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Tuesday, March 17, 2009

BOOKHUNTER by Jason Shiga

Being old, cranky and set in my ways, I mostly like my comics old, or at least done by the same creators who did the comics I already like. Still, I do try to read a bunch of new and different stuff, often with the help of the Toronto public library system, which I highly recommend. I'm often disappointed with the random sampling of stuff I get from there, but fortunately that doesn't cost me anything but time, of which I have more than enough, and sometimes I come up with a gem.

That's the case this time, with BOOKHUNTER, a 2007 book by Jason Shiga, published by Spark Plug Comics. As you might guess from the fact that I went into all that stuff in the first paragraph, the book is about libraries. Specifically, it's about library police. Yes, it's set in a weird and wonderful world where the library has its own police force, with all the trappings of standard fictional police forces, including firearms and labs. The most relevant modern description would be to imagine it as CSI: LIBRARY, though it's probably closer to the 87th Precinct police procedurals of Ed McBain (which, of course, were an obvious influence on the CSI type shows), especially since it's set in the early 1970s, so the level of technology is closer to the McBain books when they were good (1956 to around 1980) than to CSI when it was good (2001 to 2004, original show only).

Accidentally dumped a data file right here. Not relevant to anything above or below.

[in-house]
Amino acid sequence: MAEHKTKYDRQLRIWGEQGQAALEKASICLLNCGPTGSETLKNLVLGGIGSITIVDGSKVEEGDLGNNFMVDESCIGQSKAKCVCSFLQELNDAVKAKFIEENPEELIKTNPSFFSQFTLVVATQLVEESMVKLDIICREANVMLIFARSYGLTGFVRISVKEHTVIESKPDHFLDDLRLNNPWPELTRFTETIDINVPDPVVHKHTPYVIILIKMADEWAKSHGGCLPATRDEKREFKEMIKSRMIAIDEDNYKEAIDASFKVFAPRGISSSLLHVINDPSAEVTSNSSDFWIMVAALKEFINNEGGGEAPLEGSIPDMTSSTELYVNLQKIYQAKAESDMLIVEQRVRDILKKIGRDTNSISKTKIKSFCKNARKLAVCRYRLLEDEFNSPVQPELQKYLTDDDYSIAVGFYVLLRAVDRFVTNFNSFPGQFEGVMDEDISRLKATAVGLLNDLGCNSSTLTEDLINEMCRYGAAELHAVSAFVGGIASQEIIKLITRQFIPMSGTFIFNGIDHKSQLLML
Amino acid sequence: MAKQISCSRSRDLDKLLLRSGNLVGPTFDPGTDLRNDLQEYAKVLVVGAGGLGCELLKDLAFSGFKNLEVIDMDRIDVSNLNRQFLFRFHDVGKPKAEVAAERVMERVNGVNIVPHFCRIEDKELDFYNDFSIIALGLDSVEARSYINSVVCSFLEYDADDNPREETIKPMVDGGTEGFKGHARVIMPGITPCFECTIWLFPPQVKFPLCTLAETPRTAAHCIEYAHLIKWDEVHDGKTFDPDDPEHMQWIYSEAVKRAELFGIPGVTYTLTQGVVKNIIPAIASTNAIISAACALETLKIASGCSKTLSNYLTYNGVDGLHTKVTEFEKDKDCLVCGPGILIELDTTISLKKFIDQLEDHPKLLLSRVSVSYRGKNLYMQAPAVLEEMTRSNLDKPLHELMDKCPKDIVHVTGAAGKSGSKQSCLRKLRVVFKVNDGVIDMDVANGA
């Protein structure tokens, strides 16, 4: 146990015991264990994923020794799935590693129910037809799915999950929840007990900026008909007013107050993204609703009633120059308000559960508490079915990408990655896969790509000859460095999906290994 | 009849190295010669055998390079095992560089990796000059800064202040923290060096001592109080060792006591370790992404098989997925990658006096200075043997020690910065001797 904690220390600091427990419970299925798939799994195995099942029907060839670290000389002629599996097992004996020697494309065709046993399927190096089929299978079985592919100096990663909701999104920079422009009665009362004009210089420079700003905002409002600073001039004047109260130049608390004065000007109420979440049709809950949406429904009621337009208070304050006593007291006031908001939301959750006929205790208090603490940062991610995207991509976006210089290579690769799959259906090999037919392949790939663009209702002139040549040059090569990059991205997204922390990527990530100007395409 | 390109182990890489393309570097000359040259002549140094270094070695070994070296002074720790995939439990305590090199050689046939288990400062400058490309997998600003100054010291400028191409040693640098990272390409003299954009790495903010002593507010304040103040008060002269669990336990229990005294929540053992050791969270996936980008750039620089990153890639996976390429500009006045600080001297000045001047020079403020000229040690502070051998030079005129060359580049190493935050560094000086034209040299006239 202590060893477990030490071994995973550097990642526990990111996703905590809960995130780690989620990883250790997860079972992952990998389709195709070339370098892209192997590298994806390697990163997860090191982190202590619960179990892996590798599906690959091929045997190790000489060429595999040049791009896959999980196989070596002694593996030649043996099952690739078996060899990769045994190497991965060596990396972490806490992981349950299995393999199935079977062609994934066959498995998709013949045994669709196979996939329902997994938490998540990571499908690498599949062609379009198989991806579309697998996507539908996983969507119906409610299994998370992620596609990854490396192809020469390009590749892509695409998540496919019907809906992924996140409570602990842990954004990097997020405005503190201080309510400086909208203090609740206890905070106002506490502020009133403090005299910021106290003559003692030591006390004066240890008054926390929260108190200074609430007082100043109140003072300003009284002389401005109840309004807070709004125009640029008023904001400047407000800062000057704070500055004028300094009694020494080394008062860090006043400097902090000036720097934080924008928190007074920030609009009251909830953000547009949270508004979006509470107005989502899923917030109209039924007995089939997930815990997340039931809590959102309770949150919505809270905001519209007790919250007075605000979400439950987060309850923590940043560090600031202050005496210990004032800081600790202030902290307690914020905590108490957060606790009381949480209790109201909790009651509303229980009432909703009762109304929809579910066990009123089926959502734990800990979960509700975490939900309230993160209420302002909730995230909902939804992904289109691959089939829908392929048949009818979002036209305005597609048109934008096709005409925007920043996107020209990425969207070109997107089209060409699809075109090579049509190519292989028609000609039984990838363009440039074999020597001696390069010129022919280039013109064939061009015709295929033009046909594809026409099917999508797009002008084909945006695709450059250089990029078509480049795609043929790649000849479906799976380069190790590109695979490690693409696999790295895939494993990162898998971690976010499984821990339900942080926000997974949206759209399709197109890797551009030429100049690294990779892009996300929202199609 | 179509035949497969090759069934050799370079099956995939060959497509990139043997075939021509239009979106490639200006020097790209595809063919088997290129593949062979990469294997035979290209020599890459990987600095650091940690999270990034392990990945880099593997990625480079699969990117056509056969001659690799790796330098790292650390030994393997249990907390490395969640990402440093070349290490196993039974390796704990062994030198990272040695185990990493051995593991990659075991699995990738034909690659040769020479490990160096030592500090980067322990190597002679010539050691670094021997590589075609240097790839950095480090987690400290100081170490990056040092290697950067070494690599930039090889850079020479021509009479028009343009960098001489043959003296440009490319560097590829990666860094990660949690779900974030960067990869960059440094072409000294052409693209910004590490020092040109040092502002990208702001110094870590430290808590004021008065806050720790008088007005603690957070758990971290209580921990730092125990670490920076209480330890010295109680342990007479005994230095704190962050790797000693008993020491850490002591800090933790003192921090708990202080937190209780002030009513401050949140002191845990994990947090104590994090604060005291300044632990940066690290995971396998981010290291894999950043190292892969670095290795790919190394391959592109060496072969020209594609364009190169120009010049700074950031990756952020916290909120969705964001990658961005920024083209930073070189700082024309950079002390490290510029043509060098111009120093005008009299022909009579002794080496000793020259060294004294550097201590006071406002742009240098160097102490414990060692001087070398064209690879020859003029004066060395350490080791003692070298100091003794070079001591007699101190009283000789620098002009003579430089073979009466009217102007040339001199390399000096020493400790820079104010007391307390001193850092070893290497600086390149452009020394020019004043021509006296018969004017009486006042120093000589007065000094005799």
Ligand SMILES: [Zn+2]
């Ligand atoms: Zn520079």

Anyway, from this premise, Shiga manages to tell a brilliant (if insane) story about Special Agent Bay of the Library Police investigating the theft of a rare Bible from the Oakland Public Library. In the course of the investigation, we get a fresh look at all the common tropes of the procedural, like a locked room mystery, ridiculous twists, unnecessarily complicated criminal plots and red herrings, a lot of specialized jargon that may in fact be complete nonsense but which is delivered with such confidence that you can't help but believe it. Really, I can't do justice to how well Shiga manages to capture the rhythm and texture of one genre and apply it so seamlessly to his bizarre premise.

And the art works perfectly as well. Within a few pages I bought in to the world he was showing us completely, and he manages to nail both the action and the expressions better than most professional cartoonists.

This is one of the best books I've read by someone I've never heard of before in ages, and I can't recommend it highly enough. Shiga actually has the complete book online (and in quite a clever format), along with a lot of other comics, but I suggest you see if you can get a print copy first, maybe from your local library, to get the full effect.

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